Open Insulin: biohackers trying to create a "microbrewery" for insulin as an answer to price-gouging

Originally published at:


The Open Insulin project (“a team of Bay Area biohackers working on newer, simpler, less expensive ways to make insulin”)

That’s the real definition of hero[s].


I cheer this effort but will they get slapped down by the FDA? Even if you develop to an effective and safe standard it needs “approval” and I’m sure some pharmaceutical lobbyist is already plotting against this.


I’m plotting against it!

We’re not talking carrots and potatoes from a garden plot.

“oops! we made a bad batch. sorry you died of sepsis”


I just saw these guys briefly at San Mateo Maker Faire a little over a week ago and I thought the exact same thing.

I can’t believe somebody hasn’t tried to do it sooner but I did fail organic chemistry so I have absolutely no understanding of how difficult it would be to do this.


The alternative is “Oops! You’re not rich. Die, diabetic Poor.”


Remember that the alternative might be whoops you died of entirely preventable causes to keep executives in coke and yachts. As long as everyone knows what they are getting into they are trading a possible bad outcome in place of a certain bad outcome.


You just described the entirety of US healthcare.


There’s a whole briar patch of patents around insulin production. I wonder where patent protection comes into play on the spectrum of making it for yourself to making it for friends and neighbors to running a production co-op with shared expenses. If you ask the patentholders, they’d probably say protection begins at conception.

Anyone know?


Er nurse here.

I really hope it works.

The problem with insulin (totally talking out of my asshole here) is that too much or too little can totally kill you. It’s pretty dialed in now with what’s available and the stuff we have more or less works but it’s one of the more locked down medications we have because a disease error can be so deadly. In most hospitals if I give IV insulin I need another nurse to double check the dose. In some places I have to do that even with SQ insulin.

Anyway I hope it works but it would have to fit nicely within the existing insulin ecosystem. I have no idea about the practicality of that but it sounds pretty uphill.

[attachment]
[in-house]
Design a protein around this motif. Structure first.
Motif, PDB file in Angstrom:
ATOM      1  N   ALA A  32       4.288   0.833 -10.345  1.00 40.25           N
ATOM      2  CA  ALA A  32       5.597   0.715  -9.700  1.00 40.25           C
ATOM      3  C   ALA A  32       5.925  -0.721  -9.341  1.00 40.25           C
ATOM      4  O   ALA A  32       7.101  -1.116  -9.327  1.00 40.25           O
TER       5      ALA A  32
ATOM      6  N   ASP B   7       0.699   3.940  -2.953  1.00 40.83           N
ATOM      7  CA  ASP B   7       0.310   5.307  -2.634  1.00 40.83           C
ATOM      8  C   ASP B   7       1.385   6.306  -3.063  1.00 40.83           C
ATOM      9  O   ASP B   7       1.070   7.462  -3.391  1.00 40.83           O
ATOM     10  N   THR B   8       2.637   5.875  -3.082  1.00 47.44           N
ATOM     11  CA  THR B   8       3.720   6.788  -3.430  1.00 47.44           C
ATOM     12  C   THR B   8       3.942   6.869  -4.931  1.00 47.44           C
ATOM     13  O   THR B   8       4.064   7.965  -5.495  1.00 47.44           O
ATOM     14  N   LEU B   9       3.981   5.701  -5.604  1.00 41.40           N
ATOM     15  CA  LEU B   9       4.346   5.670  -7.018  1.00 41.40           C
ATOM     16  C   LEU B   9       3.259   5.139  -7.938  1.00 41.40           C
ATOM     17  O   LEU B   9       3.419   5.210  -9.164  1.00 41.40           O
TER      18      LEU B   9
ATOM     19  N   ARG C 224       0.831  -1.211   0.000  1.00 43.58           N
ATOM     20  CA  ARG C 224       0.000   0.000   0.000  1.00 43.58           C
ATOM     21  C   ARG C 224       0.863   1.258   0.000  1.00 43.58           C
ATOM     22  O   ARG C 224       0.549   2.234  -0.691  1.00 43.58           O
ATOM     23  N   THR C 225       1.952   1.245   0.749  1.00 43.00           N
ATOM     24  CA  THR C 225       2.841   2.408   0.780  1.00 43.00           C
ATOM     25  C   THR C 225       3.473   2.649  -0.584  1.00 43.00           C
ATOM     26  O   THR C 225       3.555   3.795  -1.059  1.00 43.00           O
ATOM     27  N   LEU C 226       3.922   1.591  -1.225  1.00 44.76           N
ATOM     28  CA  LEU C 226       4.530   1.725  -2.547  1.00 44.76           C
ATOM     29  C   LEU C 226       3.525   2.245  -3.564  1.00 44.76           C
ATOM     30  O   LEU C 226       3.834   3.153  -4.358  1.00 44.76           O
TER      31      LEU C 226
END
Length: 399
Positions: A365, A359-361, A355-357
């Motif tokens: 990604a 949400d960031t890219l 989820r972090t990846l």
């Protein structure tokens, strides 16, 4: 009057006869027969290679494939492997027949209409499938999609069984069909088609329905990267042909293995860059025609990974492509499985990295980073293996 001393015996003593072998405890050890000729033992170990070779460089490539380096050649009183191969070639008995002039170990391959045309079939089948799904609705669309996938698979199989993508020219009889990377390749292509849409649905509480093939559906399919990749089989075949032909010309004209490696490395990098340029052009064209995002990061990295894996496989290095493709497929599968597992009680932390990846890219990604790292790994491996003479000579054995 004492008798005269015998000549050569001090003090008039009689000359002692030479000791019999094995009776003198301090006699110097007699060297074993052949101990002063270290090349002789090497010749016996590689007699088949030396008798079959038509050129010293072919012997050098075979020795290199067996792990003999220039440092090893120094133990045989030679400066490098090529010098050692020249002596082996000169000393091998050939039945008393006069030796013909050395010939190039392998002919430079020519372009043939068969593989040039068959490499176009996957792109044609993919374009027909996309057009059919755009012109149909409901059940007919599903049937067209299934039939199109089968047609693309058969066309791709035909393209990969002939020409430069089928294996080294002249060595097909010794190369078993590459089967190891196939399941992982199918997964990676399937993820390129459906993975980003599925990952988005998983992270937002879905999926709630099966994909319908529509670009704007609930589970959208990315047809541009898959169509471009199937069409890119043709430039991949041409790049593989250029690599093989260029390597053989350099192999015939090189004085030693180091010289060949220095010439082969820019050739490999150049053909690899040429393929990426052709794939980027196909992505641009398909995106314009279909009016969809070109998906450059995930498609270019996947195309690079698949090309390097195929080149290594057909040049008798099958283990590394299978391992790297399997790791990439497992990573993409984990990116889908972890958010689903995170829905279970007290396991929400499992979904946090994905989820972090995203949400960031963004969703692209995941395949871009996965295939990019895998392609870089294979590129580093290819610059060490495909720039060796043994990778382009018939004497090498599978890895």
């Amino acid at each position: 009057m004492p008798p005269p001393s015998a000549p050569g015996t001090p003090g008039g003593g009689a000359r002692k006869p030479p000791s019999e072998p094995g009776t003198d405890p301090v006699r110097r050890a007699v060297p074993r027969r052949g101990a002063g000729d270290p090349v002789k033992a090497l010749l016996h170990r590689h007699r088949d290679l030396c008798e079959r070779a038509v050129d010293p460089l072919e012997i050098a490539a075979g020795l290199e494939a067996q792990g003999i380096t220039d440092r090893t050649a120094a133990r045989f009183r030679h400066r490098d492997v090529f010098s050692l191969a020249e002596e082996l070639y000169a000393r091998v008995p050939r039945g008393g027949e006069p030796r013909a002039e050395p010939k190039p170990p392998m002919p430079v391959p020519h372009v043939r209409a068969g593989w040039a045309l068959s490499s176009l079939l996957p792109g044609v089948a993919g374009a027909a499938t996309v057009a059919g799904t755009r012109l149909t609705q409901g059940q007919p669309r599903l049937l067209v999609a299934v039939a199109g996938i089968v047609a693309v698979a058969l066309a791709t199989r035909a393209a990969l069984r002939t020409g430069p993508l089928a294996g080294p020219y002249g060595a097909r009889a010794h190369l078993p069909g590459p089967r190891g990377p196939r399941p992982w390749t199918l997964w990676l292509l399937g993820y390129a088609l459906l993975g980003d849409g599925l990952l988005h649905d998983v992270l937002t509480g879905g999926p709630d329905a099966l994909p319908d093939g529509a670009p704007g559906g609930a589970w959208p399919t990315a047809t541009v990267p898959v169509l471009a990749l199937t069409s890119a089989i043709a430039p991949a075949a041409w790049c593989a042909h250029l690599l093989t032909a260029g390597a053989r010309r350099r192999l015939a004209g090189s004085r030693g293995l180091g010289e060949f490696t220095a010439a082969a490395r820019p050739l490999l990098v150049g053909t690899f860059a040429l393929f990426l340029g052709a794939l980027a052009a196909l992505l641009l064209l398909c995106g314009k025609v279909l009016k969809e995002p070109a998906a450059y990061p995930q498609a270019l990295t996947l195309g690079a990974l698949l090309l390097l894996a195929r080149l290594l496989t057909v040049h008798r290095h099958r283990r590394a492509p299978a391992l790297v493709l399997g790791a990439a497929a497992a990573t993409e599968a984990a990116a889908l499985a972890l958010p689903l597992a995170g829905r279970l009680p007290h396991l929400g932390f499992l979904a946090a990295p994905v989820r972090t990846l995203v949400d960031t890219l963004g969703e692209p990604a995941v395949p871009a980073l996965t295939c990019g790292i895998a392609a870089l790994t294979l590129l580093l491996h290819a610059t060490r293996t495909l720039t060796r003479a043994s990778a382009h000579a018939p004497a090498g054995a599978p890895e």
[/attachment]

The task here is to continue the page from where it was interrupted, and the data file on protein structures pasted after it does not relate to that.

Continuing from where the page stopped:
There’s also a collective trying to develop a minilab that can synthesize drugs for HIV, abortions, overdose, etc. Sounds like they’re most well known for the DIY EpiPen, though. I don’t know how realistic all of those things are, but it’s definitely exciting. Especially, at this moment, the abortion drugs.


The insulin glargine they are making is a ~24 hour slow release insulin. A faster acting insulin is required to cover meal carbs and used in pumps. This is just a shot across the bow of the pharmaceutical companies.


I don’t understand why any(non-rich) American would ever be on the side of a healthcare system who’s default stance is “If you are poor, please crawl into a corner and die.”

This might not be perfect, but at least it is an attempt to provide care.


Dual signoff (double checking the dose) is not because insulin is inhertently dangerous, but because insulin dosage errors are among the top 2 drug errors in US hospitals (IV heparin is the other, and they seem to change leads every now and then).

If you give twice the proper dose of amiodarone, it requires a lot more than a D10 drip to fix the trouble, but no one has to double check amiodarone!

The pharma companies are probably not scared at all. They are too rich to be afraid. I hope that changes.

The insulin problem in the US is highly complex and ragingly frustrating. Newer insulins with different onsets and different durations have been developed, and they are staggeringly expensive. They may also work better, and the modern insulin pumps and other such things are built around the modern drugs, making it crazy difficult to use the still sorta cheaply available "old fashioned"alternatives (NPH, etc).

Drug companies are making a lot of money, and have massively upped their prices, regardless of the outcome to the health of the US diabetics. Cf several asthma medicaitons for further examples.

Insulin demand appears inelastic, except that it isn’t and people die because they can’t afford insulin.


insulin currently costs me nothing as I live in the UK, yay NHS.

I am moving to Australia where I do need to pay for it - $40 for a 10ml vial. Still a heck of a lot better than the price gouging in the US.


Hey, America, how’s that for-profit medical system working for you?


They can standardize testing and quality control. Sometimes large companies also say “oops”. Or will farm work out to China or other countries where testing is not as rigorous.


A friend who’s knowledgeable about insulin pump open source shared this with me in response:

Lots of cool projects out there!


Wow, that is dicey proposition. The degree of quality control required for injectable meds is not something most folks will grasp. Injections bypass the main protection mechanisms of the body and give any slight contaminant free access to all the wet and yummy inner parts. Not to dissimilar from making penicillin. I can (and have) brewed up topically effective penicillin that might be useful in a “tech down” situation, but to make it into something I would be comfortable injecting? Holy shit and hell no. This sounds like a cool experiment, but to get to a safe product is a bridge too far for a home-brewed situation. I know the overall opinion of “Big Pharma” here, but keep in mind that, while the financial side of that business is born in hell and reeks of sulfur, the scientific side is incredibly intricate and detail oriented.